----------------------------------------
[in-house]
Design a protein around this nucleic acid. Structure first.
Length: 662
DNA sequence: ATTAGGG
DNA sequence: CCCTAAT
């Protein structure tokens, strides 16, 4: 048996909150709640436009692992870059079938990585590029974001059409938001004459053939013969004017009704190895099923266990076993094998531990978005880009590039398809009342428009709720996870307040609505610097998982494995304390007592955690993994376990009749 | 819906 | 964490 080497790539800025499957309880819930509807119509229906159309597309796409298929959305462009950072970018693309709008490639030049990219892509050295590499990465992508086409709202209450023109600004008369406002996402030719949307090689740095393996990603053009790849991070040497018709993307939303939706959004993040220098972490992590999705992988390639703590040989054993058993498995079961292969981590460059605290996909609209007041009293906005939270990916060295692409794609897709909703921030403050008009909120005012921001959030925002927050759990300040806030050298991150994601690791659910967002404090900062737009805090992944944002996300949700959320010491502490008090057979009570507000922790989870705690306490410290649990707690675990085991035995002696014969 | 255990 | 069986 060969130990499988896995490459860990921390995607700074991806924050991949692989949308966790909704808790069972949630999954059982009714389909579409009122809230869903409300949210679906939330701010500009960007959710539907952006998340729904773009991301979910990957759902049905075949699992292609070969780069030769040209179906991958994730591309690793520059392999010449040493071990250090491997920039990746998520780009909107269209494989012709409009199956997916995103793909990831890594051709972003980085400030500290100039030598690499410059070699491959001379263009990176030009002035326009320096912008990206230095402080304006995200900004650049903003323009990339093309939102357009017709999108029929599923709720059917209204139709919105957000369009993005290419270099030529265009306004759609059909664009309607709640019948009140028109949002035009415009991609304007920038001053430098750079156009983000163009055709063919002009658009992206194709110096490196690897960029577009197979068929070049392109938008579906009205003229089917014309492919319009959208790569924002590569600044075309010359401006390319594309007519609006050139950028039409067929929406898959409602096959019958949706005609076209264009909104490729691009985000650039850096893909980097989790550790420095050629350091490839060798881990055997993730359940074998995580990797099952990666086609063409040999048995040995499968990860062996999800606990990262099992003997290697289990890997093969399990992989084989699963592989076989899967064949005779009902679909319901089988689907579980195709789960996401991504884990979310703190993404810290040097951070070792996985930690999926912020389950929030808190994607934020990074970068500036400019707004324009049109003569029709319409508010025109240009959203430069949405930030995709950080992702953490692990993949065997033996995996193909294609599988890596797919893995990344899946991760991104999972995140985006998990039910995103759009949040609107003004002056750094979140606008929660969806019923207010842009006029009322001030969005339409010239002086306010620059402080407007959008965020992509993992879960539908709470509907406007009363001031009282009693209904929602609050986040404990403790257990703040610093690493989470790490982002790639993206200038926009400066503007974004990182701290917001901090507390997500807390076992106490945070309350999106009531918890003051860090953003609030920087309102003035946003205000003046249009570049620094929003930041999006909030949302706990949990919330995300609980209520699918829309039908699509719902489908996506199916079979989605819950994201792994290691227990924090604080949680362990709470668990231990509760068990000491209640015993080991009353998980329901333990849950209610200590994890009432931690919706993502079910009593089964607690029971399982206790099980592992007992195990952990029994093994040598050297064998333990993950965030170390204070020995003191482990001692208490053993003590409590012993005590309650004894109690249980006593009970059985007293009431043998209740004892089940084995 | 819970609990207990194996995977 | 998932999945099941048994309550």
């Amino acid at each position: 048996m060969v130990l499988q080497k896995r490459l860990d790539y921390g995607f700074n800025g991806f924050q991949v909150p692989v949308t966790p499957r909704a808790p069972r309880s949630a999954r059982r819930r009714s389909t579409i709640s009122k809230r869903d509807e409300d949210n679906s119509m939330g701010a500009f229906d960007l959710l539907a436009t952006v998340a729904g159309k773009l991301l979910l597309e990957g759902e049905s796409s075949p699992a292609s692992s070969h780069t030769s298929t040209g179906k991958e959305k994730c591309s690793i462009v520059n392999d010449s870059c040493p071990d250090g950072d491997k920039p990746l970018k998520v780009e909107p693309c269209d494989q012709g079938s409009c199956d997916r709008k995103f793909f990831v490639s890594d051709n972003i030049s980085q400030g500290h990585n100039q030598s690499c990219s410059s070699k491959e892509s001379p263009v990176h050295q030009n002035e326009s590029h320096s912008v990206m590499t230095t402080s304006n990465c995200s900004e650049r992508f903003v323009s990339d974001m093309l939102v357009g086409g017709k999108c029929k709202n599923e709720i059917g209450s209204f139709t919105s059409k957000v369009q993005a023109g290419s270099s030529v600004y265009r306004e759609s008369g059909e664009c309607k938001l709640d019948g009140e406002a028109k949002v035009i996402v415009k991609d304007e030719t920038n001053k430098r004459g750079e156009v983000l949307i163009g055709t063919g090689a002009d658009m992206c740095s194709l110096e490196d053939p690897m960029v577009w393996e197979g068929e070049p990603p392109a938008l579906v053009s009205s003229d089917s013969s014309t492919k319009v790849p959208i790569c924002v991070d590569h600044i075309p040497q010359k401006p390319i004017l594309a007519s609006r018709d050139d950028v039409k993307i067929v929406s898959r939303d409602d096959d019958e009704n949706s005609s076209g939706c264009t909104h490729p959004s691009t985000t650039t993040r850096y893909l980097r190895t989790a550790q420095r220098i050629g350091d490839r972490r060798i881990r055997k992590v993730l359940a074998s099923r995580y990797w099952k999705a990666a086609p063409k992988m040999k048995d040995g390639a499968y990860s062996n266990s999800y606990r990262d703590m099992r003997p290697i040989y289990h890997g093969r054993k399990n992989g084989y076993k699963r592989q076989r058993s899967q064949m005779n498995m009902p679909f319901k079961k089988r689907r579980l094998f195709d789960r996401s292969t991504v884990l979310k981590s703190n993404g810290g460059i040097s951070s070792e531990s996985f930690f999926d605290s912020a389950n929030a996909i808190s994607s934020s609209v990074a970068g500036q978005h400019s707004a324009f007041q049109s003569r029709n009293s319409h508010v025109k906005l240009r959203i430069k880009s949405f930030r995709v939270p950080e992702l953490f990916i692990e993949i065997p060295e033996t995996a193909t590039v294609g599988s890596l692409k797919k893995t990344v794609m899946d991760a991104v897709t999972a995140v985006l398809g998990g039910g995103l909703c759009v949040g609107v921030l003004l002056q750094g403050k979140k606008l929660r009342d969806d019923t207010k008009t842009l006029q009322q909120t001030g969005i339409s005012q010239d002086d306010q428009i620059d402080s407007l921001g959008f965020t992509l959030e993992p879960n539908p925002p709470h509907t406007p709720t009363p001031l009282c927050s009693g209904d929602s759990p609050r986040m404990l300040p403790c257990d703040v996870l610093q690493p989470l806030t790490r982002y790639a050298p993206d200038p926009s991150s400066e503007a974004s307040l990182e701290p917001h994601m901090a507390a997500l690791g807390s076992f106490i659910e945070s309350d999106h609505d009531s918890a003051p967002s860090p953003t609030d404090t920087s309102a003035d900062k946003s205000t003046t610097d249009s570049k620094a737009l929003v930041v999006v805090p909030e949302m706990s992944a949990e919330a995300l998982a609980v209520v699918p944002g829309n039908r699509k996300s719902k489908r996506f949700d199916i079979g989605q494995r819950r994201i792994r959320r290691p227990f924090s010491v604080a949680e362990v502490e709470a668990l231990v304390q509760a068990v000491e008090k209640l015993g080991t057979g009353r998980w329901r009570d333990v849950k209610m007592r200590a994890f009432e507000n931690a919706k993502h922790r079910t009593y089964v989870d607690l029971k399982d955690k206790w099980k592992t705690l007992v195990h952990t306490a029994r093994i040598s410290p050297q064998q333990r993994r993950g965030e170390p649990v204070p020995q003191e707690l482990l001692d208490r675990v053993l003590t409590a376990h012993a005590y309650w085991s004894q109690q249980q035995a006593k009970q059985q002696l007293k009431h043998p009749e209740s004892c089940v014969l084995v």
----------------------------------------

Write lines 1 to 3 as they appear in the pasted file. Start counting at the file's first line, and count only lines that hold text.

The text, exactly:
[in-house]
Design a protein around this nucleic acid. Structure first.
Length: 662